June 18 (Bloomberg) -- Bayerische Motoren Werke AG, the world’s biggest maker of luxury autos, gained after Manager Magazin reported the company plans a cost-cut drive of as much as 4 billion euros ($5.4 billion).
BMW rose as much as 1.5 percent to 92.13 euros and was trading up 1.3 percent at 3:14 p.m. in Frankfurt. The stock has increased 7.8 percent this year, valuing the carmaker at 59.1 billion euros.
The manufacturer of BMW, Mini and Rolls-Royce cars plans to maintain profitability with a program intended to reduce spending by 3 billion euros to 4 billion euros annually, the magazine said today in its online edition, citing unidentified people in the company. Munich-based BMW hired McKinsey & Co. as a consultant on the project, which runs until 2020 and stems from disappointment with earnings from the BMW 1-Series and Mini small cars, Manager Magazin said.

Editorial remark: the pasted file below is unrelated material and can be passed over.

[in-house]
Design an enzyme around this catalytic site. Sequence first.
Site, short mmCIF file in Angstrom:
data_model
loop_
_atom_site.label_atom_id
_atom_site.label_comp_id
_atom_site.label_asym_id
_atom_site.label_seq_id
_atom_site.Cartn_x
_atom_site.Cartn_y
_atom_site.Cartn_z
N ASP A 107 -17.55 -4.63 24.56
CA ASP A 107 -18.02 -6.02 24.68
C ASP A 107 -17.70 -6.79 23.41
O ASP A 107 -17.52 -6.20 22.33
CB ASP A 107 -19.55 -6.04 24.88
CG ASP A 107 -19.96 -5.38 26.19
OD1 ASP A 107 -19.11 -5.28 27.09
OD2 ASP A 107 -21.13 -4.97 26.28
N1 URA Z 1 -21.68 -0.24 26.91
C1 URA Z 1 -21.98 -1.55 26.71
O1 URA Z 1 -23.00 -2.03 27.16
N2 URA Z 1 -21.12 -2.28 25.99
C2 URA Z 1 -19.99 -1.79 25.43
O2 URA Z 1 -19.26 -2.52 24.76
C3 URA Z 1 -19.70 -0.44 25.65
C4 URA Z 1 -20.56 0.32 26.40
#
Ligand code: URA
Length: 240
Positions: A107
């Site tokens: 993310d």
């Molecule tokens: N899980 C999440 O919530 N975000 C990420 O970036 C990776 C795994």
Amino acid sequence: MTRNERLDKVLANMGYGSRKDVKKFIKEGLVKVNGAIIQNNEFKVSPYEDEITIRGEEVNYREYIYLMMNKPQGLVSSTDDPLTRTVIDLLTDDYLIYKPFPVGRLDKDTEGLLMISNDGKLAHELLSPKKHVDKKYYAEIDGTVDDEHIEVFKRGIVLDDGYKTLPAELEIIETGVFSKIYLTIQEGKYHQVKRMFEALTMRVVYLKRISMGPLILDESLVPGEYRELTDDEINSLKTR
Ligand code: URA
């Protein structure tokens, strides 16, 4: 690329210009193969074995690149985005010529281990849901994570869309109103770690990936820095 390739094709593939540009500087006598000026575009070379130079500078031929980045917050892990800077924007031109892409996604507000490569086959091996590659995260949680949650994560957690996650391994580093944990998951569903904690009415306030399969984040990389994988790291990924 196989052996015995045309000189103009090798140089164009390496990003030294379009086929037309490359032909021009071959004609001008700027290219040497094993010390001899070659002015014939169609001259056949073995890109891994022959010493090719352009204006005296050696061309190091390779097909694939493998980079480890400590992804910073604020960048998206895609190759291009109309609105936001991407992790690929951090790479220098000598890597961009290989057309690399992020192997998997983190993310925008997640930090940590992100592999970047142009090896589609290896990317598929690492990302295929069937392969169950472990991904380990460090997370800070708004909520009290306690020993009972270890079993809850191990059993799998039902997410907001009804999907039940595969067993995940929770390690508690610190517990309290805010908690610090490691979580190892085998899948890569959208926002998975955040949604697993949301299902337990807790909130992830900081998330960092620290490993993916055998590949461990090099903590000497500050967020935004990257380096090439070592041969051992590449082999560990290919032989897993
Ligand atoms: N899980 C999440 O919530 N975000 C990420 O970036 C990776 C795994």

“We work constantly on the topic of cost management in order to maintain and further strengthen the competitiveness of the company,” spokesman Nikolai Glies said in an e-mailed statement. He declined to comment on the report’s details.
BMW Chief Financial Officer Friedrich Eichiner reiterated last month that the carmaker plans to rein in expenditures this year and move research and development spending as a proportion of sales “closer in line” with a target range of 5 percent and 5.5 percent from the 6.3 percent posted in 2013.
The company has forecast a “significant gain” in pretax profit this year, helped by new and refreshed models such as the 4-Series Gran Coupe and the X4 mid-size sport-utility vehicle. The company targets keeping profit from automaking in a range of 8 percent to 10 percent on an ongoing basis.
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